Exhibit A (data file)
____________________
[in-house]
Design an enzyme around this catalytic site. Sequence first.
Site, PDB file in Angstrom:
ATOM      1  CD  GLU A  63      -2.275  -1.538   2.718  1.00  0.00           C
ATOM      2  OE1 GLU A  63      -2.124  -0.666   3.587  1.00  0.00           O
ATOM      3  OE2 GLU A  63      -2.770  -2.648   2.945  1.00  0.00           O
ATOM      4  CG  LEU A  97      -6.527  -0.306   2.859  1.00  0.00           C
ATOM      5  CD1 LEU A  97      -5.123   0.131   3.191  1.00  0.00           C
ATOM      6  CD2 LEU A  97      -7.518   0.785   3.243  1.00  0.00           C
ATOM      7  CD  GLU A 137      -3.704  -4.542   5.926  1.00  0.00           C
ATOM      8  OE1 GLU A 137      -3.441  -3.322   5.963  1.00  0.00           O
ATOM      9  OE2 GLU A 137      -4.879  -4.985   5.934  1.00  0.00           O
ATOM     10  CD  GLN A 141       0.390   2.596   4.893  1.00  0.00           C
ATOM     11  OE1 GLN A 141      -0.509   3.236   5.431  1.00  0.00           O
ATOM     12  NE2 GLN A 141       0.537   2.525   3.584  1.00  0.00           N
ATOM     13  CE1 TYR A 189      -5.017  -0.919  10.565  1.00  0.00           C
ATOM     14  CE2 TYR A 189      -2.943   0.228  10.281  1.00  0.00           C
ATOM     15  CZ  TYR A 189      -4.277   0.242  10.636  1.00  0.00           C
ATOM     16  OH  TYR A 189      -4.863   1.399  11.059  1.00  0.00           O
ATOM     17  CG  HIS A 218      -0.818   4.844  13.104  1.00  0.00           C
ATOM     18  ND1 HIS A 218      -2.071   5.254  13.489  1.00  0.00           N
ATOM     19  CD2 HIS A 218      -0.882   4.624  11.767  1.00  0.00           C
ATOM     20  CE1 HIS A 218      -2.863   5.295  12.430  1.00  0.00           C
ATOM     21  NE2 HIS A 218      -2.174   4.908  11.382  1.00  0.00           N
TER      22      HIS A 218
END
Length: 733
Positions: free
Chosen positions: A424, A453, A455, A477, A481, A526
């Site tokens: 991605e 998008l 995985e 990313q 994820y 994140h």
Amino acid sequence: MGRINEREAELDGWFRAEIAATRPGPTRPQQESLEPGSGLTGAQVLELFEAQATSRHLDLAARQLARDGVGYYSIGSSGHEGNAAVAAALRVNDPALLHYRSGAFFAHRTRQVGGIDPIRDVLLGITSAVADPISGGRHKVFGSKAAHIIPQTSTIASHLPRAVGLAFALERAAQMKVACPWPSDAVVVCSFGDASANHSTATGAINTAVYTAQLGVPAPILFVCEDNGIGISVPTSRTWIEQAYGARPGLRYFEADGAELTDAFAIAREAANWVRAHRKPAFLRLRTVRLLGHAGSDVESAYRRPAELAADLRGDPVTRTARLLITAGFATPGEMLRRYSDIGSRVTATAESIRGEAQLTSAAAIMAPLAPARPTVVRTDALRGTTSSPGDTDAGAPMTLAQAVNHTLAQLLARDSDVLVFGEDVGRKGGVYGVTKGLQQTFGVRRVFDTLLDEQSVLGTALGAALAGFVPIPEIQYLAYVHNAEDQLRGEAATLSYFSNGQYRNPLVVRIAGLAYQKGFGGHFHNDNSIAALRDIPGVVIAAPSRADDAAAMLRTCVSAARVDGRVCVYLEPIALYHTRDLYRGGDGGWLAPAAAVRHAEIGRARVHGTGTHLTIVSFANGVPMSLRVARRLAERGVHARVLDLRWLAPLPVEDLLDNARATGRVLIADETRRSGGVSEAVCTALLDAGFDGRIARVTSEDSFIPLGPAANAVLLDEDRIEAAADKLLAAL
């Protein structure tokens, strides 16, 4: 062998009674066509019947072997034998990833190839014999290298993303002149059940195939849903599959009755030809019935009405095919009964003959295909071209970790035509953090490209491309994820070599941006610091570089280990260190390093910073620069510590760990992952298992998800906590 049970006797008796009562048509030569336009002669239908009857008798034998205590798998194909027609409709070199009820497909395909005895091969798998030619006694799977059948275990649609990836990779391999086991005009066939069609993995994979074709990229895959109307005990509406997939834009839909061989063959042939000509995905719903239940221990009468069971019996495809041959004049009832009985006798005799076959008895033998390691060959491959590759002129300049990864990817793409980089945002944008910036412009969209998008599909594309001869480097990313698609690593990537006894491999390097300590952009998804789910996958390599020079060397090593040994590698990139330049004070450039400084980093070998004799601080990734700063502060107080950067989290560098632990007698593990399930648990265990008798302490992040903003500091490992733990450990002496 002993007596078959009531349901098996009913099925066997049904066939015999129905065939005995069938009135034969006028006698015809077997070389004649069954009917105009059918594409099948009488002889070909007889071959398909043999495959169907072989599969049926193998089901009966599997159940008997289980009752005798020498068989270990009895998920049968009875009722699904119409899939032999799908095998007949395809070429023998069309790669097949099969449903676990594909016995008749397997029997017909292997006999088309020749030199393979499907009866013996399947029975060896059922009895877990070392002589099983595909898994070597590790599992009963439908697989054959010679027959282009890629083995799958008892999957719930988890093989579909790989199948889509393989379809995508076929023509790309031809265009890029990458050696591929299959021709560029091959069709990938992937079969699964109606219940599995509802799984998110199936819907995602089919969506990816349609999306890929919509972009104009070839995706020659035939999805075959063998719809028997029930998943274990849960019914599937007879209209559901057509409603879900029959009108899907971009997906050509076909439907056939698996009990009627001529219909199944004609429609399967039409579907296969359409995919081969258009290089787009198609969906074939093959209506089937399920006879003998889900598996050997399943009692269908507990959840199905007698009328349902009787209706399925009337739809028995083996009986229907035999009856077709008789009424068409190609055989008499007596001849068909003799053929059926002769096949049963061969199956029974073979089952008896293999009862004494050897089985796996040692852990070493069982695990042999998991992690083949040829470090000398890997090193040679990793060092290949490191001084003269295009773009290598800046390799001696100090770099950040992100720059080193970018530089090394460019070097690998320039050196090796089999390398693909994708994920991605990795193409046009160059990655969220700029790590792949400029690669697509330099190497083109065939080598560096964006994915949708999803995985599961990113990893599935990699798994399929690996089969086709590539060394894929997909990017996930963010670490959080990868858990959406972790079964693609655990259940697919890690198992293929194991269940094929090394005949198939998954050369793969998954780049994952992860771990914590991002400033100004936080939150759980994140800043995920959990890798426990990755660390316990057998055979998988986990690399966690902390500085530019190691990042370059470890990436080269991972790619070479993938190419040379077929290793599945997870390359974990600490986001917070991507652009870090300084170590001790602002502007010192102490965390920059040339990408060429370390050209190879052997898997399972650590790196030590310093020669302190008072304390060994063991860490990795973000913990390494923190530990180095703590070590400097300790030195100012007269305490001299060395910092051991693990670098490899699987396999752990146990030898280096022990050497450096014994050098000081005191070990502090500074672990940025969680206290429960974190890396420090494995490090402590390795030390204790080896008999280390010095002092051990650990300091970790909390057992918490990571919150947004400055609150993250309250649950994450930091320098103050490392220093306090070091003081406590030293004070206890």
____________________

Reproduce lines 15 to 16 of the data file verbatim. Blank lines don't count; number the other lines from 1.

ATOM     12  NE2 GLN A 141       0.537   2.525   3.584  1.00  0.00           N
ATOM     13  CE1 TYR A 189      -5.017  -0.919  10.565  1.00  0.00           C